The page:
Perception of duration presupposes duration of perception - or does it? Husserl and Dainton on time

In his recent book The Stream of Consciousness, Dainton provides what must surely count as one of the most comprehensive discussions of time-consciousness in analytical philosophy. In the course of doing so, he also challenges Husserl's classical account in a number of ways. In the following contribution, I will compare Dainton's and Husserl's respective accounts. Such a comparison will not only make it evident why an analysis of time-consciousness is so important, but will also provide a neat opportunity to appraise the contemporary relevance of Husserl's analysis. How does it measure up against one of the more recent analytical accounts?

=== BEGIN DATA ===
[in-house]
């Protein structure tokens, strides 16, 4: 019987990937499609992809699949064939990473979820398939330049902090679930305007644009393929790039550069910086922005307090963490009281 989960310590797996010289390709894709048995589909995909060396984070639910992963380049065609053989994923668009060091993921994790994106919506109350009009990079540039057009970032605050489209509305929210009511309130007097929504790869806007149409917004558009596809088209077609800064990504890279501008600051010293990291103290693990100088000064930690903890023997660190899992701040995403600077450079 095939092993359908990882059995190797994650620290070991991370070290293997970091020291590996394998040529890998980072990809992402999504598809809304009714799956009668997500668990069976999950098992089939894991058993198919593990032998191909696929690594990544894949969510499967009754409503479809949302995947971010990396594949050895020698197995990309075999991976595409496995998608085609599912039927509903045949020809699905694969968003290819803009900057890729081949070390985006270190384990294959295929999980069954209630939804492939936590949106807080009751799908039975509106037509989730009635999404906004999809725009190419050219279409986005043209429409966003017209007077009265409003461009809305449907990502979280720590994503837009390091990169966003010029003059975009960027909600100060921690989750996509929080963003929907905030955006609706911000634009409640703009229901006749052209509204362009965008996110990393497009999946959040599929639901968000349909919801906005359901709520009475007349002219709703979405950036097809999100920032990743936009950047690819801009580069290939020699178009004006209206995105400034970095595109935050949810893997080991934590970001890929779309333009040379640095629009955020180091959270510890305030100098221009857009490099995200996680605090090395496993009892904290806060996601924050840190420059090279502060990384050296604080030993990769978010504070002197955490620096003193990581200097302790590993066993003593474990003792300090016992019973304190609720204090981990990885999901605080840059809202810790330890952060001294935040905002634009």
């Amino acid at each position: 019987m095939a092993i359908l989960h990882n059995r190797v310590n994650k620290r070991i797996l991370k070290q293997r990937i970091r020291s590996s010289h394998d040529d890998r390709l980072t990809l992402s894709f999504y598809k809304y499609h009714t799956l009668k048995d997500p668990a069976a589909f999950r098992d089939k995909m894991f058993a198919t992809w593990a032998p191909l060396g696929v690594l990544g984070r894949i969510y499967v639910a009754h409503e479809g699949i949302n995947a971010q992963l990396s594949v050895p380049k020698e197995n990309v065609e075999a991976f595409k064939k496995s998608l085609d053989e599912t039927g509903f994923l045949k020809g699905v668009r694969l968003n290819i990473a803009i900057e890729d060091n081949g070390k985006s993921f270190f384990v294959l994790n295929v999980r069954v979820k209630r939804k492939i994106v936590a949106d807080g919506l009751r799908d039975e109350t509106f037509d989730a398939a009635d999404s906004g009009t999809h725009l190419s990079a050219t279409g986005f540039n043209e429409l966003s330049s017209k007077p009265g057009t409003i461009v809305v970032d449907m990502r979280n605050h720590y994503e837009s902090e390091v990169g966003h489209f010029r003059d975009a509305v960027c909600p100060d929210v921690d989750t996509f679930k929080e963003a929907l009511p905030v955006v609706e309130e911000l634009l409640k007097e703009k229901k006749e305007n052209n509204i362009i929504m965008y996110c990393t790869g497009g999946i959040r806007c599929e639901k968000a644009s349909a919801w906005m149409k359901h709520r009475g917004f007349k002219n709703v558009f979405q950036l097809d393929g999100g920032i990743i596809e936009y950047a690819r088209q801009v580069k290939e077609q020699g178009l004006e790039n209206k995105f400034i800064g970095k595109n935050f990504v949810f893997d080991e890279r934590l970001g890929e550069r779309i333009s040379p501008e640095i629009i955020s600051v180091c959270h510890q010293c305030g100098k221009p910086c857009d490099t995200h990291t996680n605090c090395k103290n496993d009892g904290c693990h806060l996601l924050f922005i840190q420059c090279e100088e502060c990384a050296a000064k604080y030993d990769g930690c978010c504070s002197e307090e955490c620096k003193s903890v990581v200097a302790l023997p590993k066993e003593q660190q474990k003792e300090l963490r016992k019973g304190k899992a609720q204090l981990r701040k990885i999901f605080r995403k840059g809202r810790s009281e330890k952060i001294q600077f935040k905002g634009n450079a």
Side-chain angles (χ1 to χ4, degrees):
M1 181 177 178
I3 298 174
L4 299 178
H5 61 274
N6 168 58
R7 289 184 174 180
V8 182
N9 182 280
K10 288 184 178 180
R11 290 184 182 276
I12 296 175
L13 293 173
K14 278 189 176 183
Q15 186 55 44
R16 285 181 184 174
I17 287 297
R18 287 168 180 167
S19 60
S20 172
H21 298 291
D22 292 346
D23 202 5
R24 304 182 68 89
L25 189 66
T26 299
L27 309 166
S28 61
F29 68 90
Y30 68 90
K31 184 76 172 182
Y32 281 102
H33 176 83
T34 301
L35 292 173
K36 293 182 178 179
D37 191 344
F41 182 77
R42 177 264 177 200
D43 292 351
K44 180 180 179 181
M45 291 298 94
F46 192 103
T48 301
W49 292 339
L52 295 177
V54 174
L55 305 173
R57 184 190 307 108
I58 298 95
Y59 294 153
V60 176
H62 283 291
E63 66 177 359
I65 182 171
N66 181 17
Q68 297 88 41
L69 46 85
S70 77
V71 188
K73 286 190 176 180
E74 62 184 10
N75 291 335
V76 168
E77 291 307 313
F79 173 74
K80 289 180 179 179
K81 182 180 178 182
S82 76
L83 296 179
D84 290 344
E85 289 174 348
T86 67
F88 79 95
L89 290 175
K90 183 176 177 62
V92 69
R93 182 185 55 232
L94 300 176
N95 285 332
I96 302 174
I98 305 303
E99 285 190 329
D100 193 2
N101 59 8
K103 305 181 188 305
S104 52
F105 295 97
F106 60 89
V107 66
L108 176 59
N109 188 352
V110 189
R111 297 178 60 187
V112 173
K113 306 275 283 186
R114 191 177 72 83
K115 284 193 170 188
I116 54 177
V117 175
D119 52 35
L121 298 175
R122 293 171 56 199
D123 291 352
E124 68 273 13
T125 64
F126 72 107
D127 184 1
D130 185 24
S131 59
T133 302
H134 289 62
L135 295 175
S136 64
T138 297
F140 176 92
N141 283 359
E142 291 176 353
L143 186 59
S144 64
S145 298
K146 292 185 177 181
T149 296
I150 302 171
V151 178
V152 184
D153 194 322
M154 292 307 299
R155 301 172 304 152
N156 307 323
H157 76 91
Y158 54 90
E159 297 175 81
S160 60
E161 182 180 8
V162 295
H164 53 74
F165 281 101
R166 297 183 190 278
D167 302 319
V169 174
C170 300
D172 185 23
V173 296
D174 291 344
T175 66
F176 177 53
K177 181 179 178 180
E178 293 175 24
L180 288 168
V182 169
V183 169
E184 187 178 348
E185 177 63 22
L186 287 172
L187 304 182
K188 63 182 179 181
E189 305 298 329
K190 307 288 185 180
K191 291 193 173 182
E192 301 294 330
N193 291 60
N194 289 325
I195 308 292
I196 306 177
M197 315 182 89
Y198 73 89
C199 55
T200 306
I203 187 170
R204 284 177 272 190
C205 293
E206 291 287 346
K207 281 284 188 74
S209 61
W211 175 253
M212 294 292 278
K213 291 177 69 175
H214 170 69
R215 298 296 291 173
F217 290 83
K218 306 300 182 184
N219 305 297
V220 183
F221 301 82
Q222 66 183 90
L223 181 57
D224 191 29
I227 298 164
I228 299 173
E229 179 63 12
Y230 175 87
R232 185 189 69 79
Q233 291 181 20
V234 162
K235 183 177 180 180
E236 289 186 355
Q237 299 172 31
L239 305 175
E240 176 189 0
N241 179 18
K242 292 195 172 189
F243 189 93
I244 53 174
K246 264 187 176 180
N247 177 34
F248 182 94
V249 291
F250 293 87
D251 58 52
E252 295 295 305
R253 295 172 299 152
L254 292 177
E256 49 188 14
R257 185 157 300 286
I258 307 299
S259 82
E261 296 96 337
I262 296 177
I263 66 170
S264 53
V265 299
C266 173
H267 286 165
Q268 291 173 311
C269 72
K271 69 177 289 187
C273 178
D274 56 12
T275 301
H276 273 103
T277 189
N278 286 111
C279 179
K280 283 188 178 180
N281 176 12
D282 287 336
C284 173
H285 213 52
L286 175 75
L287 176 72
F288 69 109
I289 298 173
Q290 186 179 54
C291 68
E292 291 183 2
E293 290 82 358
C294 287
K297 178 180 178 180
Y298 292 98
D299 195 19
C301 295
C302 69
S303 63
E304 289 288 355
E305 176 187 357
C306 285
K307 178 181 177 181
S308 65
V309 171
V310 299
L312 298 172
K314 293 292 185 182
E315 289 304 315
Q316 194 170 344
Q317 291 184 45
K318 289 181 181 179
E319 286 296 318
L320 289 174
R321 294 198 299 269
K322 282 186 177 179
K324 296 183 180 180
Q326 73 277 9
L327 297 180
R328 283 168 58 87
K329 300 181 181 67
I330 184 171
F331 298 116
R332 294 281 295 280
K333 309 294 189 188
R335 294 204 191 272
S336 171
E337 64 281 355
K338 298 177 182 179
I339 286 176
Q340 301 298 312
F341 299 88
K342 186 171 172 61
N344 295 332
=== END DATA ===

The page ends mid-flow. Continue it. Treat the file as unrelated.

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    References found in this work BETA
    John Brough (1989). Husserl's Phenomenology of Time-Consciousness. In William R. McKenna & J. N. Mohanty (eds.), Husserl's Phenomenology: A Textbook. University Press of America. 249--290.

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    Citations of this work BETA
    Michal Klincewicz (2012). Neural Correlates of Temporality? Consciousness and Cognition 21 (2):704-706.
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